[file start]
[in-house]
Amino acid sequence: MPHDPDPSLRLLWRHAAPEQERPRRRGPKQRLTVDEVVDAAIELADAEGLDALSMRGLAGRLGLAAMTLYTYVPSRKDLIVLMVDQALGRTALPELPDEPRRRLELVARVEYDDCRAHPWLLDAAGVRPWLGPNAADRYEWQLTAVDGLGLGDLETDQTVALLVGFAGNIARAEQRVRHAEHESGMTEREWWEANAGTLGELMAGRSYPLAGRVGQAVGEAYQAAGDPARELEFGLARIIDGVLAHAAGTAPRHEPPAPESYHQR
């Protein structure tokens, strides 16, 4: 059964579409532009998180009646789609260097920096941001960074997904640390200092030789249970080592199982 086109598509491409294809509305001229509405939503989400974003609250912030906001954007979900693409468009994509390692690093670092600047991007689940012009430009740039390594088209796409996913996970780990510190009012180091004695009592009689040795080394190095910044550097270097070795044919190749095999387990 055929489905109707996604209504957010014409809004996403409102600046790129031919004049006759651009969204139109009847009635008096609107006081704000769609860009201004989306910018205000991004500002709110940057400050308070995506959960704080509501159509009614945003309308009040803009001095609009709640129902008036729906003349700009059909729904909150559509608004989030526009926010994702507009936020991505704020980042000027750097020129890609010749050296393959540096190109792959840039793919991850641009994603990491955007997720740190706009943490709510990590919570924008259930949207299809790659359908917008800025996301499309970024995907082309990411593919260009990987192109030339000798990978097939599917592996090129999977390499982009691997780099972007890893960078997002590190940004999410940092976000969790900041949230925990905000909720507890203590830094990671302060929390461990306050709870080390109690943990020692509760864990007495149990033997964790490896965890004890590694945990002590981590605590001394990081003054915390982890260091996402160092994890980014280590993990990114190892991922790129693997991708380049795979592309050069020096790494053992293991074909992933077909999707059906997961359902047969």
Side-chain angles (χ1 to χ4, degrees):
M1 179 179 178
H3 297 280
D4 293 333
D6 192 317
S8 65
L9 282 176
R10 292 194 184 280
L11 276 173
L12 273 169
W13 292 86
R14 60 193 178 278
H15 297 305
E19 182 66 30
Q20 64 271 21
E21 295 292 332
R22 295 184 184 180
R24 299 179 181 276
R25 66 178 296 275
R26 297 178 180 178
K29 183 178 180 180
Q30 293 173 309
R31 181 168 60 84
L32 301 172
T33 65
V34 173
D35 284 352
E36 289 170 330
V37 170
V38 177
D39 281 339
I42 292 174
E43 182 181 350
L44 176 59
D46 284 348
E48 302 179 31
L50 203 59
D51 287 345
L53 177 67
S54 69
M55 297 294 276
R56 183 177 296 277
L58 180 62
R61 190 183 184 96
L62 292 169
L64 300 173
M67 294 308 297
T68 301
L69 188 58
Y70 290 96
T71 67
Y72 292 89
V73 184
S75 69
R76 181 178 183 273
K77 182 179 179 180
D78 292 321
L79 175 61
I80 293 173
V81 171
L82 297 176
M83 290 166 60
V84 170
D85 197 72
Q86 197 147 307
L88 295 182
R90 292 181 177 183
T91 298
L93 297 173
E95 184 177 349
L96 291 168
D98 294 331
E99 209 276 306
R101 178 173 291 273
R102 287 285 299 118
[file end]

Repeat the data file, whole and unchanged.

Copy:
[in-house]
Amino acid sequence: MPHDPDPSLRLLWRHAAPEQERPRRRGPKQRLTVDEVVDAAIELADAEGLDALSMRGLAGRLGLAAMTLYTYVPSRKDLIVLMVDQALGRTALPELPDEPRRRLELVARVEYDDCRAHPWLLDAAGVRPWLGPNAADRYEWQLTAVDGLGLGDLETDQTVALLVGFAGNIARAEQRVRHAEHESGMTEREWWEANAGTLGELMAGRSYPLAGRVGQAVGEAYQAAGDPARELEFGLARIIDGVLAHAAGTAPRHEPPAPESYHQR
């Protein structure tokens, strides 16, 4: 059964579409532009998180009646789609260097920096941001960074997904640390200092030789249970080592199982 086109598509491409294809509305001229509405939503989400974003609250912030906001954007979900693409468009994509390692690093670092600047991007689940012009430009740039390594088209796409996913996970780990510190009012180091004695009592009689040795080394190095910044550097270097070795044919190749095999387990 055929489905109707996604209504957010014409809004996403409102600046790129031919004049006759651009969204139109009847009635008096609107006081704000769609860009201004989306910018205000991004500002709110940057400050308070995506959960704080509501159509009614945003309308009040803009001095609009709640129902008036729906003349700009059909729904909150559509608004989030526009926010994702507009936020991505704020980042000027750097020129890609010749050296393959540096190109792959840039793919991850641009994603990491955007997720740190706009943490709510990590919570924008259930949207299809790659359908917008800025996301499309970024995907082309990411593919260009990987192109030339000798990978097939599917592996090129999977390499982009691997780099972007890893960078997002590190940004999410940092976000969790900041949230925990905000909720507890203590830094990671302060929390461990306050709870080390109690943990020692509760864990007495149990033997964790490896965890004890590694945990002590981590605590001394990081003054915390982890260091996402160092994890980014280590993990990114190892991922790129693997991708380049795979592309050069020096790494053992293991074909992933077909999707059906997961359902047969």
Side-chain angles (χ1 to χ4, degrees):
M1 179 179 178
H3 297 280
D4 293 333
D6 192 317
S8 65
L9 282 176
R10 292 194 184 280
L11 276 173
L12 273 169
W13 292 86
R14 60 193 178 278
H15 297 305
E19 182 66 30
Q20 64 271 21
E21 295 292 332
R22 295 184 184 180
R24 299 179 181 276
R25 66 178 296 275
R26 297 178 180 178
K29 183 178 180 180
Q30 293 173 309
R31 181 168 60 84
L32 301 172
T33 65
V34 173
D35 284 352
E36 289 170 330
V37 170
V38 177
D39 281 339
I42 292 174
E43 182 181 350
L44 176 59
D46 284 348
E48 302 179 31
L50 203 59
D51 287 345
L53 177 67
S54 69
M55 297 294 276
R56 183 177 296 277
L58 180 62
R61 190 183 184 96
L62 292 169
L64 300 173
M67 294 308 297
T68 301
L69 188 58
Y70 290 96
T71 67
Y72 292 89
V73 184
S75 69
R76 181 178 183 273
K77 182 179 179 180
D78 292 321
L79 175 61
I80 293 173
V81 171
L82 297 176
M83 290 166 60
V84 170
D85 197 72
Q86 197 147 307
L88 295 182
R90 292 181 177 183
T91 298
L93 297 173
E95 184 177 349
L96 291 168
D98 294 331
E99 209 276 306
R101 178 173 291 273
R102 287 285 299 118